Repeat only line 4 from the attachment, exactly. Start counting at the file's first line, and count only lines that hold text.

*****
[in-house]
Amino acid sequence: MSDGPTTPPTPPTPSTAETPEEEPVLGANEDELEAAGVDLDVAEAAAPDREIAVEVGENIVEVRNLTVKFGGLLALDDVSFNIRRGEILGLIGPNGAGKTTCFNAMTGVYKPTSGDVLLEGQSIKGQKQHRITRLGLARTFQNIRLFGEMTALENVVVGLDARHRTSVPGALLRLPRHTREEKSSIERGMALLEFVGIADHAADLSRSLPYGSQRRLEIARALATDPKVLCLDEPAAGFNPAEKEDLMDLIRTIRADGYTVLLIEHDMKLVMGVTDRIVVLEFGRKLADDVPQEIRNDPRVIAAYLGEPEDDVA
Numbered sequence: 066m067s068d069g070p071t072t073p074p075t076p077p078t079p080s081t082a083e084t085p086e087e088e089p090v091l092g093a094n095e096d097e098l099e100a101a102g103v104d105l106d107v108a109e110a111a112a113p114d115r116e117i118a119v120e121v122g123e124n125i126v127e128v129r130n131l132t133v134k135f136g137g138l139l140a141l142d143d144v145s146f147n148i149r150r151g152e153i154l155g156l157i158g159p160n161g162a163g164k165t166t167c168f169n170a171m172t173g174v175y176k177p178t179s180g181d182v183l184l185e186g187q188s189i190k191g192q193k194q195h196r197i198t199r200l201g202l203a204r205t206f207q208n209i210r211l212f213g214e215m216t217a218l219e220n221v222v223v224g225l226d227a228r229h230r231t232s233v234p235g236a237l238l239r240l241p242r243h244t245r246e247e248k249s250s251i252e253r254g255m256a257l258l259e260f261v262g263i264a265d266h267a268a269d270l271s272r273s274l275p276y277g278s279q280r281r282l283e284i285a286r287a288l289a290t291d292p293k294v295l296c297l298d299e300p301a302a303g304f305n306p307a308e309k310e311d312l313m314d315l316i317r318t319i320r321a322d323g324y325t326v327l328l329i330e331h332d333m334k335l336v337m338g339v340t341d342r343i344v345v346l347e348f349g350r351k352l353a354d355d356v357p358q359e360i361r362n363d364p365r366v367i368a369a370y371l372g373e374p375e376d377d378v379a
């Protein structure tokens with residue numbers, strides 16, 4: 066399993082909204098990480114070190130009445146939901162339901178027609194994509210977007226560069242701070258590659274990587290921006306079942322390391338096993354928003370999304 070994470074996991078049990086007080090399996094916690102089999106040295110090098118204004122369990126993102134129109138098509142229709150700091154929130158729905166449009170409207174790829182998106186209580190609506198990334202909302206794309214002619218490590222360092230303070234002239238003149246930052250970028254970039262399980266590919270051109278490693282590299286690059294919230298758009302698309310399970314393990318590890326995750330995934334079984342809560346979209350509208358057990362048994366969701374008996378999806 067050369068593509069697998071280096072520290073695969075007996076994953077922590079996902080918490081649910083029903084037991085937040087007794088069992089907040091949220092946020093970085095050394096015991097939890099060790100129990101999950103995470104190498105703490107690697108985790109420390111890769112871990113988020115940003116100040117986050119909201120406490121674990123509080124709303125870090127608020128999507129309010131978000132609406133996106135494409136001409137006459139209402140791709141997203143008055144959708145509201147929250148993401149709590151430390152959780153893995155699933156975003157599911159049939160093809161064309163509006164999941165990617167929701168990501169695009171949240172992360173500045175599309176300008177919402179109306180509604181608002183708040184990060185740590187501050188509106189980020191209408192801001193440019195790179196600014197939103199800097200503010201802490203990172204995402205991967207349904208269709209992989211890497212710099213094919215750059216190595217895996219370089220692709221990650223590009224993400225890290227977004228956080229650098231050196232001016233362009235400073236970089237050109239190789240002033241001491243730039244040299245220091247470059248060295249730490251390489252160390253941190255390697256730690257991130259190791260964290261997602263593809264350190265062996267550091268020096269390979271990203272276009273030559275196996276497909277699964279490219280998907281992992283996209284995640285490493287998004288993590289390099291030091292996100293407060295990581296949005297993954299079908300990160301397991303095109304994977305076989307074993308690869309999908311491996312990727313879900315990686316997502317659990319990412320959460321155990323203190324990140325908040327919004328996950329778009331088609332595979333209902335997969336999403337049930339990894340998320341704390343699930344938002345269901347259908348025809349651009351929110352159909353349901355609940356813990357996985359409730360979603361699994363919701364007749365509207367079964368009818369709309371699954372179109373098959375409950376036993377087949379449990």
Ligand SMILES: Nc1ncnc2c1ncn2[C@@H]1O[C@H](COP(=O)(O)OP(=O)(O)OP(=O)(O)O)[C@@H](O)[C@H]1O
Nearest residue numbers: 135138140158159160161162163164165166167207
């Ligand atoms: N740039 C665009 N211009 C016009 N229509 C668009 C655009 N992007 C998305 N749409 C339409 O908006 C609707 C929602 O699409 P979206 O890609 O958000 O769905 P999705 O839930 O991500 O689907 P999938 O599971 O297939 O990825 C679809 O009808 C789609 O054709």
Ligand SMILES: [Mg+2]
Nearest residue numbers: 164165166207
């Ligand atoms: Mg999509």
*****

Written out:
């Protein structure tokens with residue numbers, strides 16, 4: 066399993082909204098990480114070190130009445146939901162339901178027609194994509210977007226560069242701070258590659274990587290921006306079942322390391338096993354928003370999304 070994470074996991078049990086007080090399996094916690102089999106040295110090098118204004122369990126993102134129109138098509142229709150700091154929130158729905166449009170409207174790829182998106186209580190609506198990334202909302206794309214002619218490590222360092230303070234002239238003149246930052250970028254970039262399980266590919270051109278490693282590299286690059294919230298758009302698309310399970314393990318590890326995750330995934334079984342809560346979209350509208358057990362048994366969701374008996378999806 067050369068593509069697998071280096072520290073695969075007996076994953077922590079996902080918490081649910083029903084037991085937040087007794088069992089907040091949220092946020093970085095050394096015991097939890099060790100129990101999950103995470104190498105703490107690697108985790109420390111890769112871990113988020115940003116100040117986050119909201120406490121674990123509080124709303125870090127608020128999507129309010131978000132609406133996106135494409136001409137006459139209402140791709141997203143008055144959708145509201147929250148993401149709590151430390152959780153893995155699933156975003157599911159049939160093809161064309163509006164999941165990617167929701168990501169695009171949240172992360173500045175599309176300008177919402179109306180509604181608002183708040184990060185740590187501050188509106189980020191209408192801001193440019195790179196600014197939103199800097200503010201802490203990172204995402205991967207349904208269709209992989211890497212710099213094919215750059216190595217895996219370089220692709221990650223590009224993400225890290227977004228956080229650098231050196232001016233362009235400073236970089237050109239190789240002033241001491243730039244040299245220091247470059248060295249730490251390489252160390253941190255390697256730690257991130259190791260964290261997602263593809264350190265062996267550091268020096269390979271990203272276009273030559275196996276497909277699964279490219280998907281992992283996209284995640285490493287998004288993590289390099291030091292996100293407060295990581296949005297993954299079908300990160301397991303095109304994977305076989307074993308690869309999908311491996312990727313879900315990686316997502317659990319990412320959460321155990323203190324990140325908040327919004328996950329778009331088609332595979333209902335997969336999403337049930339990894340998320341704390343699930344938002345269901347259908348025809349651009351929110352159909353349901355609940356813990357996985359409730360979603361699994363919701364007749365509207367079964368009818369709309371699954372179109373098959375409950376036993377087949379449990």